The Merciless Speed of Institutional Change

I’ve seen the construction of Building W64. I’ve seen Building 12 torn down, and a new building probably also numbered 12 gradually form in its place. I’ve seen Buildings 2, 4, 6, 9, 24, 26, 31, 35, 36, 37, 66, E19, E25, E52, E62, W15, and W31 undergo significant renovations. I’ve seen E17 and E18 undergo significant renovations twice. I’ve seen the renovation of the G8 floor of Building 32, and the dedication of the Charles Vest Student Street in its lobby. I’ve seen the modernization of the roofdeck of Random Hall (NW61). I’ve seen that roofdeck catch on fire and get restored. I’ve seen NW62, NW95, and NE80 lose their status as MIT numbered buildings. I’ve seen E94, EE19, EE20, N50, NW23, NW32, NW98, W36, W41, W55, W56, W57, W97, and WW25 gain status as MIT numbered buildings. I’ve seen the demolition of Buildings E33 and E34, and the plans for the future demolition of Buildings E38, E39, and E55, to completely change the structure of the area, the last of those being a graduate apartment and one of the tallest buildings at MIT. I’ve seen the beginning of construction for Building W83. I’m sure there’s many changes I didn’t even notice; I have only vague memories of a Building E28 north of E25.

I’ve seen the closure of Bexley Hall (W13), and its demolition, and with it, its line of unique i3 videos. I’ve seen the closure of Senior House (E2). I’ve seen the impending closure of New House (W70). With each of these, the home of an entire MIT community vanishes.

I’ve seen the Housemaster of East Campus change. I’ve seen the Head of House of Random Hall change. Between these two, I’ve seen the position of Housemaster be renamed the Head of House. I’ve seen every GRT position at Random Hall swap out at least once, and only one of them just once.

I’ve seen the Dean of Engineering change. I’ve seen the Dean of Science change. I’ve seen the Dean for Student Life change (to much fanfare and rejoicing). I’ve seen the Dean for Residential Life and Dining change. I’ve seen the Dean for Undergraduate Education change, in fact to my 6.01 instructor freshman year.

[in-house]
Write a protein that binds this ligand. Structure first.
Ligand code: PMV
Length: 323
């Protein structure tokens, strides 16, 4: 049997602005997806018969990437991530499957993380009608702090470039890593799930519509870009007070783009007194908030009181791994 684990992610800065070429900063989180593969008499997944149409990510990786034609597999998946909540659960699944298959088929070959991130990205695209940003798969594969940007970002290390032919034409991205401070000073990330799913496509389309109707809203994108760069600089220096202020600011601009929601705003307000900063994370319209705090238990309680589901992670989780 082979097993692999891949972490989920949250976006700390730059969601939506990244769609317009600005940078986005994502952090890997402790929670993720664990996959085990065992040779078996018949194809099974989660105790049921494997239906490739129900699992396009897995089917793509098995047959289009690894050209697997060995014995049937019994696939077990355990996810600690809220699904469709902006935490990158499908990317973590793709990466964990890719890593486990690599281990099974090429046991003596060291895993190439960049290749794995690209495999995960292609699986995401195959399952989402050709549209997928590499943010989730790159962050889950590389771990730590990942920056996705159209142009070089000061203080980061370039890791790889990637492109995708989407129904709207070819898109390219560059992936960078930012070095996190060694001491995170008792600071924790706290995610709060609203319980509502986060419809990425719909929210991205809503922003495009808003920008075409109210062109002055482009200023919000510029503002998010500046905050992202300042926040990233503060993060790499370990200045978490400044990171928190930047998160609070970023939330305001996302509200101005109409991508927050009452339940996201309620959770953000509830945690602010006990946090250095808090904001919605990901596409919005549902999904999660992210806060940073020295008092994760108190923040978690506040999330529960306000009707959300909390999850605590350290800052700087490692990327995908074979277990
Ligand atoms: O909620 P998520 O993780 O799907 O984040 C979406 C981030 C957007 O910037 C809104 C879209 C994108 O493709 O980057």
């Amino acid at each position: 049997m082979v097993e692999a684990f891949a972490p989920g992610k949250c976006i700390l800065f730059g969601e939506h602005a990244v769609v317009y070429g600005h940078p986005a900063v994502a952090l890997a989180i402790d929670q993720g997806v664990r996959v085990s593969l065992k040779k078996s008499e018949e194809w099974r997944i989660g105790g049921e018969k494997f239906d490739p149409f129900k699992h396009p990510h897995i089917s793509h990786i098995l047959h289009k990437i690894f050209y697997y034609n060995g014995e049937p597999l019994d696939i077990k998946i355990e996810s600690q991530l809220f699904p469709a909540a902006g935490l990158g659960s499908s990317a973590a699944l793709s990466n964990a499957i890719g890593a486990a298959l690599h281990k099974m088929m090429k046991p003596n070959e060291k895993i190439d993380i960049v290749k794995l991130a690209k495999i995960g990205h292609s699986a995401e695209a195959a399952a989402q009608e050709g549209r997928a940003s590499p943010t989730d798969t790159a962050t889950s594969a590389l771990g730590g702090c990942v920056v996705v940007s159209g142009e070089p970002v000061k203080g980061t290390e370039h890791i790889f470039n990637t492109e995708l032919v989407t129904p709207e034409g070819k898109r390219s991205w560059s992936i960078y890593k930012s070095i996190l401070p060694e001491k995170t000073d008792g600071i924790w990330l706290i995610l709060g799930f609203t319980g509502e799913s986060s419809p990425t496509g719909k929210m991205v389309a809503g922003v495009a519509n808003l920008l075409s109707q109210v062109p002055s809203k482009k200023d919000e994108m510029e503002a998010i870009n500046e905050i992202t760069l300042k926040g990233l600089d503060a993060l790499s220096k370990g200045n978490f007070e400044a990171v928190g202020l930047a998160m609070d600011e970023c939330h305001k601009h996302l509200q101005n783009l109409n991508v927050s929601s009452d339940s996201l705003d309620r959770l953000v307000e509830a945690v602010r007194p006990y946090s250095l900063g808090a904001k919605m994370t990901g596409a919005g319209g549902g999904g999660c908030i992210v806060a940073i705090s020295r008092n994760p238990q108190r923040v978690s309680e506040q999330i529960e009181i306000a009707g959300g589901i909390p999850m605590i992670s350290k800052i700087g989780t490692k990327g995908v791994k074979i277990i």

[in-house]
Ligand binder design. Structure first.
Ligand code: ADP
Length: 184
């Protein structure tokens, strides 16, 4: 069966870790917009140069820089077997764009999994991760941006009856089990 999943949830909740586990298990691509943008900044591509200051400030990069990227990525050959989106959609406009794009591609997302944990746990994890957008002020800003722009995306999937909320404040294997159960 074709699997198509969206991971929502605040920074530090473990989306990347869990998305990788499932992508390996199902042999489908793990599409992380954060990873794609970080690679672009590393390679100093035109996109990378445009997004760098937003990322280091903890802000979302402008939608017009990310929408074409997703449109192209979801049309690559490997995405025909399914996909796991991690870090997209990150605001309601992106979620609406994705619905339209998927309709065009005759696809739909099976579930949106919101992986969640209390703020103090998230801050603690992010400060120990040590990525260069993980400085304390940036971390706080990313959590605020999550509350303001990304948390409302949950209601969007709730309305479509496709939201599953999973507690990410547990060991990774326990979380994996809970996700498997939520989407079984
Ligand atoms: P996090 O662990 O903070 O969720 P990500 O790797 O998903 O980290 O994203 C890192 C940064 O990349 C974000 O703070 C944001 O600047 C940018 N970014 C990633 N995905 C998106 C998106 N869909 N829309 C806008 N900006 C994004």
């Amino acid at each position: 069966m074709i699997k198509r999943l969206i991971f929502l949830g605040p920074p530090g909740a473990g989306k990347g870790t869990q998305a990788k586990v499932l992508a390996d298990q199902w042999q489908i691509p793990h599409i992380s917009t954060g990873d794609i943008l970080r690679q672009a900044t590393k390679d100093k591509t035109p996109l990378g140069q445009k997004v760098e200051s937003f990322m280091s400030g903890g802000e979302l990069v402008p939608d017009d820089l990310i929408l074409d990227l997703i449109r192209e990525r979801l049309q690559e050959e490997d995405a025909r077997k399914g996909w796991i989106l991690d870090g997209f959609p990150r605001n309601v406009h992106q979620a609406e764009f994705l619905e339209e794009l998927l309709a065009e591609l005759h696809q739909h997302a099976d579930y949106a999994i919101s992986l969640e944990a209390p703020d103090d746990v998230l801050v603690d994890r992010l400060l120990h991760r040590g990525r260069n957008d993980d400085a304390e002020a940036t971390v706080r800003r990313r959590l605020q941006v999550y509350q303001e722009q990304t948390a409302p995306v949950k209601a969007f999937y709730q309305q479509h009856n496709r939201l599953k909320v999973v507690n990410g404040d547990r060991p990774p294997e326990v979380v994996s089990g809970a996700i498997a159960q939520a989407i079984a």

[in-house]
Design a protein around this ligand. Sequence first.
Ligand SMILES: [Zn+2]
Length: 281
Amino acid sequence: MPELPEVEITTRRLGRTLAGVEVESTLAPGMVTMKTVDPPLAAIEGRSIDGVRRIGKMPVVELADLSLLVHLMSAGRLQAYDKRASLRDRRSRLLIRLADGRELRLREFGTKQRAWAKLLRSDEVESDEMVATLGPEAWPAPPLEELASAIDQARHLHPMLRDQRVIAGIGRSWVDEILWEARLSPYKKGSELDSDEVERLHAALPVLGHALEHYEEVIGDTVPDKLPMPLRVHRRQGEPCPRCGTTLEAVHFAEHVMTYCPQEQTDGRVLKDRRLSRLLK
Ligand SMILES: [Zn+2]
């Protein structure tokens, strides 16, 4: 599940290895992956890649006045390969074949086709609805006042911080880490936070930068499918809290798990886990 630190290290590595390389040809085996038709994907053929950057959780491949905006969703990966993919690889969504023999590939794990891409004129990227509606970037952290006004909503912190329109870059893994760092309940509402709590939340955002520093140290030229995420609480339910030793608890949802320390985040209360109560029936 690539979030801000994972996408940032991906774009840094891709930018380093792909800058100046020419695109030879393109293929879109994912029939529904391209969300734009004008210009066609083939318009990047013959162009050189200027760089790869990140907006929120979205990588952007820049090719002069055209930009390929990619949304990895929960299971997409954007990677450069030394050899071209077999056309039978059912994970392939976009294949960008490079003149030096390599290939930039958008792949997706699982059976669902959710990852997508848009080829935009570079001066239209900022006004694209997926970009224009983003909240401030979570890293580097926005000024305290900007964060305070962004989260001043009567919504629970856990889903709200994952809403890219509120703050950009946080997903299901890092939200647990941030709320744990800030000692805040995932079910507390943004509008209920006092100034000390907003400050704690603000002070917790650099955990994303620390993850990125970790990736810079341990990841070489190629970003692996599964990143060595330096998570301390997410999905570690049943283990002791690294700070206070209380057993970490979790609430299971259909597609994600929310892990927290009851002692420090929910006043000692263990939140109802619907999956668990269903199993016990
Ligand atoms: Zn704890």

I’ve experienced no longer filling out Add/Drop forms on paper and doing them online instead.

I’ve seen the development of 6.02 alternatives 6.03 and 6.S04, and of 6.034 alternative 6.036. I’ve seen the formation of 6.008 and 6.009 (out of 6.S04). I’ve seen 6.00 split into 6.0001 and 6.0002, and then optionally re-coalesce. I’ve seen the fission of 6.005 into 6.031 and portions into 6.009, and the bifurcation of 6.041 into 6.041A and 6.041B. I’ve seen the overhaul of the 6.UAT/P requirement, as well as 6.UAT becoming recognized to fulfill a Course 3 requirement. After Course 6 brought about the ten-thousandth digit in course numbers, I saw Course 18 adopt them systematically, in the process causing multiple classes I’ve taken here to come by different numbers before I leave: 18.404 becoming 18.4041 and 18.443 becoming 18.6501. I also saw Course 18 massively refactor the 18.100 versions. I’ve seen part of 18.03 become the independent class 18.031. Who knows what I’ve missed changing in the courses I don’t pay heavy attention to, but even on the courses level, I saw Course 21F get renumbered Course 21G, the coming of IDS, and the merger of CMS and 21W.